Bringing it
Matt Cashore
IrishEyes.com
Posted Oct 29, 2011


At something approximating the midway point of the 2011 college football season, Notre Dame remains something of a mystery. Several questions were answered in a 56-14 Irish drubbing of visiting Navy on Saturday, but some endure.

Notre Dame has had more tumultuous weeks under coach Brian Kelly’s tenure, but the past seven days rank high on the roller-coaster meter. A bitter home loss to USC in the first home night game in years. Reports of player-coach rifts, Twitter venting, an air-it-out meeting, and enough related chatter to drown out much of anything else in the Irish-verse.

Thankfully, Notre Dame’s players were required to suit up and take the field for an actual football game, putting the week that was behind them for a few hours. With evident enthusiasm from the start, the Irish responded by dominating Navy, a team that beat them soundly last year. Notre Dame surged ahead 49-7 before the backups came in.

With the victory, Notre Dame improves to 5-3, and faces an Atlantic Coast Conference mini-schedule – at Wake Forest, vs. Maryland in D.C., vs. Boston College – before a big-game showdown at national title contender Stanford.

As for all of the week’s happenings, Kelly said that the performance on the field spoke for itself, and didn’t want to get into detail what happened behind closed doors.

“As a family, you all have good days and bad days. You work through it as a family,” he said.

And as for the bigger picture, interested observers know that 8-3 is within Notre Dame’s grasp, if the right team shows up every week – which is far from a guarantee.

But Notre Dame took care of business when it needed to, navigating the tricky circumstance where a win on game day is no big deal, but a loss is a disaster.

Manti Te’o set the tone against the option offense that baffled Notre Dame a season ago. The linebacker drilled quarterback Trey Miller for no gain on a keeper on the second play from scrimmage for Navy (2-6). Twice more, he delivered big hits on quarterback keepers, with Navy missing a long field goal at the end of the drive.

Te’o finished with 13 total tackles, half a sack, and 2.5 tackles for loss. “We could not block the guy,” Navy coach Ken Niumatalolo said. “They whipped our butts today. I’m not going to make any excuses. Coach Kelly did a great job of getting his team ready.”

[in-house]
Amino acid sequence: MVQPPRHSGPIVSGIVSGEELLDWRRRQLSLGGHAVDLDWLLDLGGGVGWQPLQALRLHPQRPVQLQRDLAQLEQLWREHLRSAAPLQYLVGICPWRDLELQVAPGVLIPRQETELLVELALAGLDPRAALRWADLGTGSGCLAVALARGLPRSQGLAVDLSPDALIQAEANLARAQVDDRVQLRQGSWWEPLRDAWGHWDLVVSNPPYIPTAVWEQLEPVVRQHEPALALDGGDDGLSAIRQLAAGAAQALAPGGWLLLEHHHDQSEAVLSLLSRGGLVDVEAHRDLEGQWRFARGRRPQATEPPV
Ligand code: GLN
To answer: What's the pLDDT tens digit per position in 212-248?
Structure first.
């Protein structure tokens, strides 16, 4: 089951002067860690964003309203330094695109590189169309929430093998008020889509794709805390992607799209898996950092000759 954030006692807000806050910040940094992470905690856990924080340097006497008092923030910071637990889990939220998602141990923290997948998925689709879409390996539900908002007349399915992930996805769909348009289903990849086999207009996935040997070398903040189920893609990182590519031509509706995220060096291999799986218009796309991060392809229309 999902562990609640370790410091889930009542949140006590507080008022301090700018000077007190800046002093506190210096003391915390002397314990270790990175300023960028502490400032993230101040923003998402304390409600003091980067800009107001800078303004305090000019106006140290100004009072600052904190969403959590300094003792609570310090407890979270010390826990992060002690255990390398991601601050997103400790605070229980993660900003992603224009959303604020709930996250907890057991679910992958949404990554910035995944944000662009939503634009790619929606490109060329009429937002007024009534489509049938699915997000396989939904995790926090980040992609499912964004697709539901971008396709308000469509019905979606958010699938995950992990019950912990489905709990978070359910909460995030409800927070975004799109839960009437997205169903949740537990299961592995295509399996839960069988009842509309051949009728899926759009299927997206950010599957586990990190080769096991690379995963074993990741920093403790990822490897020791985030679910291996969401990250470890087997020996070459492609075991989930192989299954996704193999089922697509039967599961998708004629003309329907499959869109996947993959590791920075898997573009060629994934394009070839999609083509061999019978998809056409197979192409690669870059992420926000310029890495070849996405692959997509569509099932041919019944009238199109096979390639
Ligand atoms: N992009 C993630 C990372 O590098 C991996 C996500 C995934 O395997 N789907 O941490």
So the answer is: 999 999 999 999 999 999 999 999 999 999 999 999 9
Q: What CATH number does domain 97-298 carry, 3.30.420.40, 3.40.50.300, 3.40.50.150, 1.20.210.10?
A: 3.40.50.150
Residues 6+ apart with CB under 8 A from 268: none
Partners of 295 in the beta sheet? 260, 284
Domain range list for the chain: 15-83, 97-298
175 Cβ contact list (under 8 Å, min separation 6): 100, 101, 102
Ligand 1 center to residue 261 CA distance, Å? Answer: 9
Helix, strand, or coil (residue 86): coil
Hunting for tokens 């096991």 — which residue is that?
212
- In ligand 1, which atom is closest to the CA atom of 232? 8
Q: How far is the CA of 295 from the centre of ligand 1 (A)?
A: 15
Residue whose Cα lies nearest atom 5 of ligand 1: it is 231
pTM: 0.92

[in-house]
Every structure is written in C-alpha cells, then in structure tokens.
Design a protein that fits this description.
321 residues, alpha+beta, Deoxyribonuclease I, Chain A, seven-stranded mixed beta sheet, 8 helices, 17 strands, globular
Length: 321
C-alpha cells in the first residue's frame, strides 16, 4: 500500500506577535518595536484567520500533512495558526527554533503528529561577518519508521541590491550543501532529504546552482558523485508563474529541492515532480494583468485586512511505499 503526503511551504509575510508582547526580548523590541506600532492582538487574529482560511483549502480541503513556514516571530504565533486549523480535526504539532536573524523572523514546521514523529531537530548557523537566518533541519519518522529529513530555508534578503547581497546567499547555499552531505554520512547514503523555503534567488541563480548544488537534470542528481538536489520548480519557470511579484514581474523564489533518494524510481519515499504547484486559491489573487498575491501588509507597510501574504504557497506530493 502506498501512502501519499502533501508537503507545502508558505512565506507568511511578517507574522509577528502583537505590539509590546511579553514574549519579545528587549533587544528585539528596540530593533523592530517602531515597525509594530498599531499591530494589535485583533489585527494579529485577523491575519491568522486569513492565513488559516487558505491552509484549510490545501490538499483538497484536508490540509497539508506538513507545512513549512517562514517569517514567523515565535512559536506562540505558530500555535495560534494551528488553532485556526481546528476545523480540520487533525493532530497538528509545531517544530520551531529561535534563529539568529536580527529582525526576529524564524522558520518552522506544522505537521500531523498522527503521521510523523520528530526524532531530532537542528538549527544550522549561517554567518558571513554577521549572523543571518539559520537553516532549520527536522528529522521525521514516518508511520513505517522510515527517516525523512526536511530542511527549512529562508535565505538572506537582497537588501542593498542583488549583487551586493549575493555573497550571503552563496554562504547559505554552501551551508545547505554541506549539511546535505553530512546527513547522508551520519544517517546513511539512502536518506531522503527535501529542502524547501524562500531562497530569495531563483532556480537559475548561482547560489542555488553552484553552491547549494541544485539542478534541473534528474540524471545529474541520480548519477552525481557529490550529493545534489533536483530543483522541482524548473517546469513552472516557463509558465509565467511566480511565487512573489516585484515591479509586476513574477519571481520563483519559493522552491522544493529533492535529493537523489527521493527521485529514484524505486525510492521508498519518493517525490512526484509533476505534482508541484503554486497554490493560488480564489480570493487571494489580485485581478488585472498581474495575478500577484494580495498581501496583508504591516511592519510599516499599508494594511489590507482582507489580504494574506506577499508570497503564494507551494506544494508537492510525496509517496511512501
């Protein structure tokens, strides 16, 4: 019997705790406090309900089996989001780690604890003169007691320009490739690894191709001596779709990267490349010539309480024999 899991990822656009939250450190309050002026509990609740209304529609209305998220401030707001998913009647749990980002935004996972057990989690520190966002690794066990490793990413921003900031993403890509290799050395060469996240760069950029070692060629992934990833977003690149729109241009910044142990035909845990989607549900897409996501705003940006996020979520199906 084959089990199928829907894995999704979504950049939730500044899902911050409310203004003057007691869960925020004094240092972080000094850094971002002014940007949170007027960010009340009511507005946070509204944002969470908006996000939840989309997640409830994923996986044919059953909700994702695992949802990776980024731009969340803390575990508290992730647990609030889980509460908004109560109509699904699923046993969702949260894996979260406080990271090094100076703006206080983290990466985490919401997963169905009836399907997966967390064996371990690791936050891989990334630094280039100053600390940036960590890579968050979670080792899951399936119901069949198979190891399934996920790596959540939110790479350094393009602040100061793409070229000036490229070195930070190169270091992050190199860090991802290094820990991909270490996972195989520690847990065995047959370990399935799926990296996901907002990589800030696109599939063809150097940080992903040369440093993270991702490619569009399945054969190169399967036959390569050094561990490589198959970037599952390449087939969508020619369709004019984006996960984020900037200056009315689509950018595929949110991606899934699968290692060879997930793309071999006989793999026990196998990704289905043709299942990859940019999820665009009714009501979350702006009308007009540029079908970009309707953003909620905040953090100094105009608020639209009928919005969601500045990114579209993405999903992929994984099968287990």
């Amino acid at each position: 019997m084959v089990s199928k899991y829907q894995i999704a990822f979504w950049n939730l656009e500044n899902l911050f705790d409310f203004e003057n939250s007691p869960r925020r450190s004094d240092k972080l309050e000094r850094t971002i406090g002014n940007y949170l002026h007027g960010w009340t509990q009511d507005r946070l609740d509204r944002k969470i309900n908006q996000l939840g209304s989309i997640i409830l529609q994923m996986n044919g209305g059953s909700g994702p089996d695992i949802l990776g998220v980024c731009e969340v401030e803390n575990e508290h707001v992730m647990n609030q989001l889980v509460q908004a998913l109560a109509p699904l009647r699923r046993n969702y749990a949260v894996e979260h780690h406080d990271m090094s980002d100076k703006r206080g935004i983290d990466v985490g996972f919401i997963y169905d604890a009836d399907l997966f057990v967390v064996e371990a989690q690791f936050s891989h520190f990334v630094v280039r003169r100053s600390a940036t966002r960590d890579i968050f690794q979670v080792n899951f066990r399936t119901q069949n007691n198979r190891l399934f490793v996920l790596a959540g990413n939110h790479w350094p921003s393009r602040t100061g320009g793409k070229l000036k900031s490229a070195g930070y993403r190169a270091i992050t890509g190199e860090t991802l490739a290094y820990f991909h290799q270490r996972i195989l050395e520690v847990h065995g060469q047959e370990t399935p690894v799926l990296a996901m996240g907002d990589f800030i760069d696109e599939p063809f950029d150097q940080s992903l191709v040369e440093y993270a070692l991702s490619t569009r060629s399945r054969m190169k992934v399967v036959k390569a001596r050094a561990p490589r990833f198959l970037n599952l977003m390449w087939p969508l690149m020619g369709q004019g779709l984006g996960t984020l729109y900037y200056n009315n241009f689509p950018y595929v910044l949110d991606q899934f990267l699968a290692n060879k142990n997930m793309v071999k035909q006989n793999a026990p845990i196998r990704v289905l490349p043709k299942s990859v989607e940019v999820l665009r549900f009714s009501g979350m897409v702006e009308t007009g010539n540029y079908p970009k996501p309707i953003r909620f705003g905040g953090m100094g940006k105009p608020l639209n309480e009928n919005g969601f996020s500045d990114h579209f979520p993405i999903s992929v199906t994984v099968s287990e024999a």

Notre Dame’s injury-wracked defensive line held nicely. Navy finished with 196 rushing yards, but had under 130 through three quarters. The Irish played four down linemen in a tight look, with Te’o roaming behind, and Harrison Smith and Robert Blanton making a number of plays deep. Freshman Stephon Tuitt stood out on the defensive line, finishing with seven tackles and two quarterback hurries.

And it’s always a good thing when Michael Floyd sets the tone on offense. The wide receiver took a screen for 25 yards on Notre Dame’s first offensive play, and finished with 121 yards on six receptions, including a 56-yard touchdown that was Tommy Rees’ career-long pass completion. Floyd also scored on a 10-yard run that was essentially a lateral screen.

“Michael Floyd played great football,” Kelly said. “Our big players played big.”

Unlike last week, Notre Dame stayed committed to the run. Jonas Gray and Cierre Wood ran for 69 and 66 yards respectively, and combined for five touchdowns on the ground.

“From an offensive standpoint, against USC we did not run the ball effectively,” Kelly said. “I think we ran the ball hard. We were going to run the football regardless,” he added, whether the numbers were in favor up front or not.

But Kelly seemed most proud of the defense, which solved the Navy option that was executed without starting quarterback Kriss Proctor, who was injured.

“Navy has been very difficult for us to defend, obviously,” Kelly said. As for all of the talk about Notre Dame’s defensive failures against Navy in the past, he added, “We can put that to rest.”


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